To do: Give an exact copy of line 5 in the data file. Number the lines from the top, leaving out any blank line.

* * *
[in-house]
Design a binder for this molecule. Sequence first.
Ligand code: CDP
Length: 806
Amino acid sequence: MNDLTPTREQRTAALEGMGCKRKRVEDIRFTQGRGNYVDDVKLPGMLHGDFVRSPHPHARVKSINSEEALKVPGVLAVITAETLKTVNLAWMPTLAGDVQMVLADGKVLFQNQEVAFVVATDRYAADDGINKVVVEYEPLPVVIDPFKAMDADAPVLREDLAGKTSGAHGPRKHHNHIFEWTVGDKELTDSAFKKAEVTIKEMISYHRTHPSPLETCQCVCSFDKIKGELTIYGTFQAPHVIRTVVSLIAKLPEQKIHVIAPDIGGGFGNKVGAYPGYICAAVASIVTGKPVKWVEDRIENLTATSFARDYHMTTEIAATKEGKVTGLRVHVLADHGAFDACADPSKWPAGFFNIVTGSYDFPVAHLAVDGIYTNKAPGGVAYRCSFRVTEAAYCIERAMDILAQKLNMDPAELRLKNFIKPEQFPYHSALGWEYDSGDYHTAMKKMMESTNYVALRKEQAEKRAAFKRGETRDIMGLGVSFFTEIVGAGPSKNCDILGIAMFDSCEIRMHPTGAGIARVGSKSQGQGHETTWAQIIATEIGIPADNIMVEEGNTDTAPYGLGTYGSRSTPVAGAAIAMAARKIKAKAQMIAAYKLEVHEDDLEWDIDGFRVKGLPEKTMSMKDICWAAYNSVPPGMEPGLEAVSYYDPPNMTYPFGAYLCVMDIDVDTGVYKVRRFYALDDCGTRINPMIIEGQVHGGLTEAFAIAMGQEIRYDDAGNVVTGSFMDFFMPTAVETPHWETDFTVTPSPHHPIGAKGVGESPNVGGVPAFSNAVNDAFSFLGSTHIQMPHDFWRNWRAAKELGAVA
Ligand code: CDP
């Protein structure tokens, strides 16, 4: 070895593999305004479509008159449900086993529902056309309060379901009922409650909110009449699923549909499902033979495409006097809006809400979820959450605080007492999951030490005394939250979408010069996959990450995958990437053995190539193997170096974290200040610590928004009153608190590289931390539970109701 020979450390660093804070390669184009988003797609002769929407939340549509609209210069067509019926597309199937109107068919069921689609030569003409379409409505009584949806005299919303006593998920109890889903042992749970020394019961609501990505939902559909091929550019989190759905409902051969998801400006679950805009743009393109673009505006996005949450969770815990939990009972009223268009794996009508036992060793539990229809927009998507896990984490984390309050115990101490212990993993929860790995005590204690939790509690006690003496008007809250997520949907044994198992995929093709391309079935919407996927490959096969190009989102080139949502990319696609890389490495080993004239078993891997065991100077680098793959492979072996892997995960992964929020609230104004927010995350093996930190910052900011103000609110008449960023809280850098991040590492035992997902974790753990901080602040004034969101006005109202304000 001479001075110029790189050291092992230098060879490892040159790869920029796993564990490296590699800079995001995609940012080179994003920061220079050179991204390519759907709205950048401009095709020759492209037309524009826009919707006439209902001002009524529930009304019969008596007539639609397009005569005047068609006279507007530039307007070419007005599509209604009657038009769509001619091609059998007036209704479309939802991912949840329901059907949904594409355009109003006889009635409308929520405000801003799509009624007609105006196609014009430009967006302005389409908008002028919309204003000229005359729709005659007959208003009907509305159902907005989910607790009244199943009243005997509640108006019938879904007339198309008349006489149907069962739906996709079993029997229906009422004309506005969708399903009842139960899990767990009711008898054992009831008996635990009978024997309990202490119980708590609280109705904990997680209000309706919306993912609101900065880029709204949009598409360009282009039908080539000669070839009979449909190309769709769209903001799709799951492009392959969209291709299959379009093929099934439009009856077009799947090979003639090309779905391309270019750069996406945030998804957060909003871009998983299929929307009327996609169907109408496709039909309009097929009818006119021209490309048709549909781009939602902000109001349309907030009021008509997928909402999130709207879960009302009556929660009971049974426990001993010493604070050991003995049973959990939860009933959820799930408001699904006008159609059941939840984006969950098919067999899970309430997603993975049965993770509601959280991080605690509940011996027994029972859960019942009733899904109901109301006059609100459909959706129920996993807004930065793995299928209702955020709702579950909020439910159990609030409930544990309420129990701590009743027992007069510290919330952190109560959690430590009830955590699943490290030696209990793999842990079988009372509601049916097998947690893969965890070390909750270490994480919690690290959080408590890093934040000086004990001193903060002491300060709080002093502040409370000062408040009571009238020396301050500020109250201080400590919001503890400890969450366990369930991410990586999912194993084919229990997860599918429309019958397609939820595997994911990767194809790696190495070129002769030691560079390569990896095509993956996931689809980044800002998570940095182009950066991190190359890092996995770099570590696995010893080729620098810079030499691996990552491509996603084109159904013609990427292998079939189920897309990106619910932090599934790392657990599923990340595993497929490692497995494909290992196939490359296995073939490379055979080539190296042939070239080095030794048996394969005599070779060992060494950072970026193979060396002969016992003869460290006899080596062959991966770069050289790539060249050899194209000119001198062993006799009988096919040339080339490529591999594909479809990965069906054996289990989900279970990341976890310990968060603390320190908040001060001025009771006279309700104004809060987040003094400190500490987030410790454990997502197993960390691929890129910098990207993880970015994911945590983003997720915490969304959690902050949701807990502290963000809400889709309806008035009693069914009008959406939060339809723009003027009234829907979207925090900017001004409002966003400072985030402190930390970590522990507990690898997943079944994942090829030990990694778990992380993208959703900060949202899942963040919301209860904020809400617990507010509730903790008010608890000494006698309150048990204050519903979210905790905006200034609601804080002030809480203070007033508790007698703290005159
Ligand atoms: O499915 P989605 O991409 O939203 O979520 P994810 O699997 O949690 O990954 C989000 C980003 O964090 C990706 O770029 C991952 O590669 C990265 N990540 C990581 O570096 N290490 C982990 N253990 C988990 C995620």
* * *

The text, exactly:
Amino acid sequence: MNDLTPTREQRTAALEGMGCKRKRVEDIRFTQGRGNYVDDVKLPGMLHGDFVRSPHPHARVKSINSEEALKVPGVLAVITAETLKTVNLAWMPTLAGDVQMVLADGKVLFQNQEVAFVVATDRYAADDGINKVVVEYEPLPVVIDPFKAMDADAPVLREDLAGKTSGAHGPRKHHNHIFEWTVGDKELTDSAFKKAEVTIKEMISYHRTHPSPLETCQCVCSFDKIKGELTIYGTFQAPHVIRTVVSLIAKLPEQKIHVIAPDIGGGFGNKVGAYPGYICAAVASIVTGKPVKWVEDRIENLTATSFARDYHMTTEIAATKEGKVTGLRVHVLADHGAFDACADPSKWPAGFFNIVTGSYDFPVAHLAVDGIYTNKAPGGVAYRCSFRVTEAAYCIERAMDILAQKLNMDPAELRLKNFIKPEQFPYHSALGWEYDSGDYHTAMKKMMESTNYVALRKEQAEKRAAFKRGETRDIMGLGVSFFTEIVGAGPSKNCDILGIAMFDSCEIRMHPTGAGIARVGSKSQGQGHETTWAQIIATEIGIPADNIMVEEGNTDTAPYGLGTYGSRSTPVAGAAIAMAARKIKAKAQMIAAYKLEVHEDDLEWDIDGFRVKGLPEKTMSMKDICWAAYNSVPPGMEPGLEAVSYYDPPNMTYPFGAYLCVMDIDVDTGVYKVRRFYALDDCGTRINPMIIEGQVHGGLTEAFAIAMGQEIRYDDAGNVVTGSFMDFFMPTAVETPHWETDFTVTPSPHHPIGAKGVGESPNVGGVPAFSNAVNDAFSFLGSTHIQMPHDFWRNWRAAKELGAVA